August 01, 2012

We Need Another National(ish) Poetry Series

Art by Doug Beube
Last month I had the pleasure of attending a reading at the home of Reb Livingston, the editor of No Tell Books, which featured poet and editor Bruce Covey. As I chatted with Bruce about the upcoming slate of publication for Coconut Books, I asked: 

Why doesn't a consortium of publishers start up another "national" poetry series for indie and/or experimental presses?

The principle is simple: poets pay a reading fee to have their books considered not by one press, but by five quality presses simultaneously. The existing National Poetry Series (which currently incorporates Coffee House Press, Fence Books, HarperCollins Publishers, Penguin Books, University of Georgia Press) has a great track record of selecting poets from a variety of aesthetics and matching them to appropriate houses. But they get a ton of incredible manuscripts, of which they can only publish a few. 

There is room for another national poetry series, one that recognizes an annual cohort of exciting new voices. Coconut, Black Ocean Books, Octopus Books, Switchback Books: I am looking at you. Doesn't need to be the same publishers every year, though there should be a quality control mechanism for rotation in and out of presses (perhaps approval by an advisory board) that includes a pledge of minimum reasonable levels of support in terms of editorial infrastructure, design, number of copies printed, distribution, secondary award nominations, and publicity. The reading fees could fund an auxiliary force that works to market each year's winners, and by association the publishers. While I realize that there will always be variations in aesthetic--different opinions of what the "best" manuscripts are--that is why one employs multiple judges.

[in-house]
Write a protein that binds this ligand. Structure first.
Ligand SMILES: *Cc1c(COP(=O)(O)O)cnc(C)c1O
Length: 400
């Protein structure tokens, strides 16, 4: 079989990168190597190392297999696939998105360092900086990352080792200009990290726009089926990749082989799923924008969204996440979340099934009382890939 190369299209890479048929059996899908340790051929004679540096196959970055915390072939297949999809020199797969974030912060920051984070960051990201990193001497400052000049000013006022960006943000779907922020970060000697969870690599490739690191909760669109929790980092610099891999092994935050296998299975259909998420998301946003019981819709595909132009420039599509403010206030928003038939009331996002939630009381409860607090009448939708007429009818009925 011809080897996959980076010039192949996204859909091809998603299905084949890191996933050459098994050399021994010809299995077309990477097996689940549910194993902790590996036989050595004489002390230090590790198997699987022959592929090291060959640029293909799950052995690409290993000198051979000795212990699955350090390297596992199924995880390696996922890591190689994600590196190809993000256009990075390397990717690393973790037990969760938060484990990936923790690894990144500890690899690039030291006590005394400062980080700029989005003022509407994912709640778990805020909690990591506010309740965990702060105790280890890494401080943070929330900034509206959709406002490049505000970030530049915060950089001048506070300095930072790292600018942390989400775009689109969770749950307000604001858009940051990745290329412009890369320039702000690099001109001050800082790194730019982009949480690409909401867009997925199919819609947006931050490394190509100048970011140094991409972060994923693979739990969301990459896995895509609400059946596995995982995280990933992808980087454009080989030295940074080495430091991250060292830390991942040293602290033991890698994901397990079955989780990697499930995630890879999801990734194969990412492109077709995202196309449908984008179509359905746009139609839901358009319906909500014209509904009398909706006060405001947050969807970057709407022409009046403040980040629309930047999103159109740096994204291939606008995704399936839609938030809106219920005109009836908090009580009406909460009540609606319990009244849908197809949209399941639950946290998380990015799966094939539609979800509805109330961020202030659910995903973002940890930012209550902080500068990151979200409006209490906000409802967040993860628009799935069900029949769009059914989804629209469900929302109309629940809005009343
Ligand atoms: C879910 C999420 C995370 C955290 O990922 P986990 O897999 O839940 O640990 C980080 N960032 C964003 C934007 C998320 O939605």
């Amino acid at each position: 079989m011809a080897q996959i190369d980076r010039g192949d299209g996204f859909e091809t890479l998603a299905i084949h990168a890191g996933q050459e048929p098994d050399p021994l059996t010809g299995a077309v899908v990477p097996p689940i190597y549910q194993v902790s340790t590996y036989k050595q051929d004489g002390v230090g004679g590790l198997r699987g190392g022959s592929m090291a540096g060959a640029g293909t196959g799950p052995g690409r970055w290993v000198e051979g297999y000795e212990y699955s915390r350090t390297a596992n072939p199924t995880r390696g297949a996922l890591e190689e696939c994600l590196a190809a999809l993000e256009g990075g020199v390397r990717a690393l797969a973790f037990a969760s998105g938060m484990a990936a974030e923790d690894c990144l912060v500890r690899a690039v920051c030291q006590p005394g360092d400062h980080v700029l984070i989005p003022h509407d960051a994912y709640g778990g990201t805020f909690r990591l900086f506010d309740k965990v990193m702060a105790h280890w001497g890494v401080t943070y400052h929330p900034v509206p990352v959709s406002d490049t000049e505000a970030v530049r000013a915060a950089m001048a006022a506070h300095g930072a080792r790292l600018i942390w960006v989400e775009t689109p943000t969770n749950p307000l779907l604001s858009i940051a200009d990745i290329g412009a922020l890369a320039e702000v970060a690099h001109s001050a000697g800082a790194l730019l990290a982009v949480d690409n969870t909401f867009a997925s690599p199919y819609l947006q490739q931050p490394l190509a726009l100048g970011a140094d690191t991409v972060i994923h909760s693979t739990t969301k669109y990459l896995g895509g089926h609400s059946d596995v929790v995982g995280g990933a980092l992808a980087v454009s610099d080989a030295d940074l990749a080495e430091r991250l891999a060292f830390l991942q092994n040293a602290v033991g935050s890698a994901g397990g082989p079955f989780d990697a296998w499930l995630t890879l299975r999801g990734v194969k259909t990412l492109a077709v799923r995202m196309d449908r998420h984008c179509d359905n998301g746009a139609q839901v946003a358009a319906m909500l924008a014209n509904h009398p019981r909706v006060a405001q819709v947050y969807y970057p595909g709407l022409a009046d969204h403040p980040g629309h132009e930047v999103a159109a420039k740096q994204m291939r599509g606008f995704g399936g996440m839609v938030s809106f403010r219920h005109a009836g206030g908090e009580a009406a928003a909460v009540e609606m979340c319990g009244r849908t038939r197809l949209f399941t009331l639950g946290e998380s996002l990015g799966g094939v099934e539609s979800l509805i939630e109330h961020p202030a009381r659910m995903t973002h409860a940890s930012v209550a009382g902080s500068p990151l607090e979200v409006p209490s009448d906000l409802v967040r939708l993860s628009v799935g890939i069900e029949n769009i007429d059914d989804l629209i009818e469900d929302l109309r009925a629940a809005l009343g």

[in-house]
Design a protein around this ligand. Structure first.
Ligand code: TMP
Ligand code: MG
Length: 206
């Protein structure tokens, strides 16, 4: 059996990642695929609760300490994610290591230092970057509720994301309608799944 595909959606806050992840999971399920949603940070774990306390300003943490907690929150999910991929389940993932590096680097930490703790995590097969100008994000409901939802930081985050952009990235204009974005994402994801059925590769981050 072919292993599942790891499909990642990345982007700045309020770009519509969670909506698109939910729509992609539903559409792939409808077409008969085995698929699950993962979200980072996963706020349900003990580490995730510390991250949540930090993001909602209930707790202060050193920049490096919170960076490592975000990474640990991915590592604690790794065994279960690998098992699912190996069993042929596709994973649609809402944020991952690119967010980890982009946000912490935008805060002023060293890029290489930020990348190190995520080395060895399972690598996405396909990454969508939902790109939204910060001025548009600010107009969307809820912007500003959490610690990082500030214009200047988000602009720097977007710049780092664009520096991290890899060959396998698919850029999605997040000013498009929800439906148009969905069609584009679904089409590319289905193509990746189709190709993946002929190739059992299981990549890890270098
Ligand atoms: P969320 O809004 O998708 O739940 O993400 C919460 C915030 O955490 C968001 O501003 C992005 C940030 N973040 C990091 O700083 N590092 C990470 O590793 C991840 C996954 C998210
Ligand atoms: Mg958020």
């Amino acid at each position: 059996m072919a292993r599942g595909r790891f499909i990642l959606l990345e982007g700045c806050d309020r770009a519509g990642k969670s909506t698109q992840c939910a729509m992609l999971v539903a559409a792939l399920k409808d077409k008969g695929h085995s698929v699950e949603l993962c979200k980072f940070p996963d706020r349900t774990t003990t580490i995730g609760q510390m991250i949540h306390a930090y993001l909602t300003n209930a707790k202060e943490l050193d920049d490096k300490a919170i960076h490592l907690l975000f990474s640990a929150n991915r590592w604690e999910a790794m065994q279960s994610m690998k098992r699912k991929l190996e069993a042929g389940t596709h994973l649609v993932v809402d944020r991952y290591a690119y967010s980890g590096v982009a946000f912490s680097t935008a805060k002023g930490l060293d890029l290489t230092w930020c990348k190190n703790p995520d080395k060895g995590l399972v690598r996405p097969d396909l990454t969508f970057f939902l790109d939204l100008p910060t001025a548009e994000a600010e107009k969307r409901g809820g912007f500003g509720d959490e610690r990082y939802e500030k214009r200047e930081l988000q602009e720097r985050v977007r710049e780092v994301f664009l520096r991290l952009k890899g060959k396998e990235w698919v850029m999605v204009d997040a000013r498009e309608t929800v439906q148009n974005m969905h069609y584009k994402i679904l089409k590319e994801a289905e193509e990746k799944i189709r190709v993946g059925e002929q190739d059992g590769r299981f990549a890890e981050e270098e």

One thing the NPS does not do is create a network between each year's winners/judges, though the invaluable perks include name cache, an AWP reading, etc. But imagine if these indie presses went all in, and pooled their resources in terms of connections to opportunities with readings series and classroom visits around the country. Anyone who attends AWP offsite events recognizes that these likeminded affiliations already exist on an informal level. Imagine if this gave heft to freelancers trying to pitch small press books for review? Imagine if Small Press Distribution did an "Indie Poetry Series" summer special, a package rate for all five titles? 

I'm not naive about the bureaucracy or ethical complications associated with contests, but I'd love to hear some discussion. Nothing great ever happens unless you start with the "imagine" phase.  


Far Beyond The Ridge said...

Years ago i tried coffee house n the others with short stories, knowing only poets with connections had a chance.
No one would even take a look long enough to reject it. I gave up.
I think of a river runs through it. One of my fave books. He had connections galore and still couldn't get it accepted except, finally, by i think the school in chicago where he taught.
There are a thousand stories like that. The best writers will never be known. But there is no limit to the horrible ones who are.
That's why i drive a truck.
But i'm glad you're out there swingin for the fence, even if your bat is short on power.
Good luck!

Henry said...

Hey Sandra,
If someone can muster up a sponsor to cover costs (printing and award money) then we at Saturnalia Books would be game.